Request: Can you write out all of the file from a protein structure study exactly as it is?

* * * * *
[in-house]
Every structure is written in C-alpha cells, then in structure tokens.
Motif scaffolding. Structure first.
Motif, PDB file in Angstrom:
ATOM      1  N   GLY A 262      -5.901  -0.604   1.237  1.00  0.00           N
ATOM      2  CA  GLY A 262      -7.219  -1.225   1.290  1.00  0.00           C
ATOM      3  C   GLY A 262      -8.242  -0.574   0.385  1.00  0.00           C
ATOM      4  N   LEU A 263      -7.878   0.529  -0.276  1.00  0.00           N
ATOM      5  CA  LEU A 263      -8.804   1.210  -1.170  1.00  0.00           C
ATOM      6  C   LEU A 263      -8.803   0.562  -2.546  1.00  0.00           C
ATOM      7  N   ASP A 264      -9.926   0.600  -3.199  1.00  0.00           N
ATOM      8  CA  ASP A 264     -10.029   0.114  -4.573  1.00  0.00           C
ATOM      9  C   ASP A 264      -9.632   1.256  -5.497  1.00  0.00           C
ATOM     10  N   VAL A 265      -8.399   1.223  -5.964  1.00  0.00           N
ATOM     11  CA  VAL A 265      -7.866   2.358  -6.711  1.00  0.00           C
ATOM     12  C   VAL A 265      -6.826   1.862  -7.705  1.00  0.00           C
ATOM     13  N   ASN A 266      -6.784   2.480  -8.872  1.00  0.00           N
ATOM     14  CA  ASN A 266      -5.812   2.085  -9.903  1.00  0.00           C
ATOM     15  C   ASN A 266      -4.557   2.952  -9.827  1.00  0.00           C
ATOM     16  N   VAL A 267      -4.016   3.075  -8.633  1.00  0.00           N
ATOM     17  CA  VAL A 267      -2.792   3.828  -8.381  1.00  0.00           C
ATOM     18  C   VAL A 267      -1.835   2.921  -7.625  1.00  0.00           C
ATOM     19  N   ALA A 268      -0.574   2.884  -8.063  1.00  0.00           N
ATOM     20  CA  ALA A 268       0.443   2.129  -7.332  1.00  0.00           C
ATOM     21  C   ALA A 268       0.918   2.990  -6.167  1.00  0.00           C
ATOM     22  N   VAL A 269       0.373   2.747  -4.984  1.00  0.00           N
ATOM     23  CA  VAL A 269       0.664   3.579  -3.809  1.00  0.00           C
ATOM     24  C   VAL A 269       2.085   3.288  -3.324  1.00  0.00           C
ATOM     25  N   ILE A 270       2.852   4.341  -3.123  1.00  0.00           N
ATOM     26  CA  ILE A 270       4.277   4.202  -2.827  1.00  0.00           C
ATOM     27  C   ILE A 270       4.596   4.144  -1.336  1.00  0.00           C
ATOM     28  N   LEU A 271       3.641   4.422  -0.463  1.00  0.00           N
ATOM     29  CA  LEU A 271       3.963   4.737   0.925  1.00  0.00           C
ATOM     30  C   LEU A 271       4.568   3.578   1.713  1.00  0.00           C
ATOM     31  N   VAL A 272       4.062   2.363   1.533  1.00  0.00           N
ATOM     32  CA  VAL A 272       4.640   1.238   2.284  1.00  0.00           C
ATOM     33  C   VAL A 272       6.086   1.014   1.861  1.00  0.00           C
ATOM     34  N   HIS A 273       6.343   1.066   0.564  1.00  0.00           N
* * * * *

[in-house]
Every structure is written in C-alpha cells, then in structure tokens.
Motif scaffolding. Structure first.
Motif, PDB file in Angstrom:
ATOM      1  N   GLY A 262      -5.901  -0.604   1.237  1.00  0.00           N
ATOM      2  CA  GLY A 262      -7.219  -1.225   1.290  1.00  0.00           C
ATOM      3  C   GLY A 262      -8.242  -0.574   0.385  1.00  0.00           C
ATOM      4  N   LEU A 263      -7.878   0.529  -0.276  1.00  0.00           N
ATOM      5  CA  LEU A 263      -8.804   1.210  -1.170  1.00  0.00           C
ATOM      6  C   LEU A 263      -8.803   0.562  -2.546  1.00  0.00           C
ATOM      7  N   ASP A 264      -9.926   0.600  -3.199  1.00  0.00           N
ATOM      8  CA  ASP A 264     -10.029   0.114  -4.573  1.00  0.00           C
ATOM      9  C   ASP A 264      -9.632   1.256  -5.497  1.00  0.00           C
ATOM     10  N   VAL A 265      -8.399   1.223  -5.964  1.00  0.00           N
ATOM     11  CA  VAL A 265      -7.866   2.358  -6.711  1.00  0.00           C
ATOM     12  C   VAL A 265      -6.826   1.862  -7.705  1.00  0.00           C
ATOM     13  N   ASN A 266      -6.784   2.480  -8.872  1.00  0.00           N
ATOM     14  CA  ASN A 266      -5.812   2.085  -9.903  1.00  0.00           C
ATOM     15  C   ASN A 266      -4.557   2.952  -9.827  1.00  0.00           C
ATOM     16  N   VAL A 267      -4.016   3.075  -8.633  1.00  0.00           N
ATOM     17  CA  VAL A 267      -2.792   3.828  -8.381  1.00  0.00           C
ATOM     18  C   VAL A 267      -1.835   2.921  -7.625  1.00  0.00           C
ATOM     19  N   ALA A 268      -0.574   2.884  -8.063  1.00  0.00           N
ATOM     20  CA  ALA A 268       0.443   2.129  -7.332  1.00  0.00           C
ATOM     21  C   ALA A 268       0.918   2.990  -6.167  1.00  0.00           C
ATOM     22  N   VAL A 269       0.373   2.747  -4.984  1.00  0.00           N
ATOM     23  CA  VAL A 269       0.664   3.579  -3.809  1.00  0.00           C
ATOM     24  C   VAL A 269       2.085   3.288  -3.324  1.00  0.00           C
ATOM     25  N   ILE A 270       2.852   4.341  -3.123  1.00  0.00           N
ATOM     26  CA  ILE A 270       4.277   4.202  -2.827  1.00  0.00           C
ATOM     27  C   ILE A 270       4.596   4.144  -1.336  1.00  0.00           C
ATOM     28  N   LEU A 271       3.641   4.422  -0.463  1.00  0.00           N
ATOM     29  CA  LEU A 271       3.963   4.737   0.925  1.00  0.00           C
ATOM     30  C   LEU A 271       4.568   3.578   1.713  1.00  0.00           C
ATOM     31  N   VAL A 272       4.062   2.363   1.533  1.00  0.00           N
ATOM     32  CA  VAL A 272       4.640   1.238   2.284  1.00  0.00           C
ATOM     33  C   VAL A 272       6.086   1.014   1.861  1.00  0.00           C
ATOM     34  N   HIS A 273       6.343   1.066   0.564  1.00  0.00           N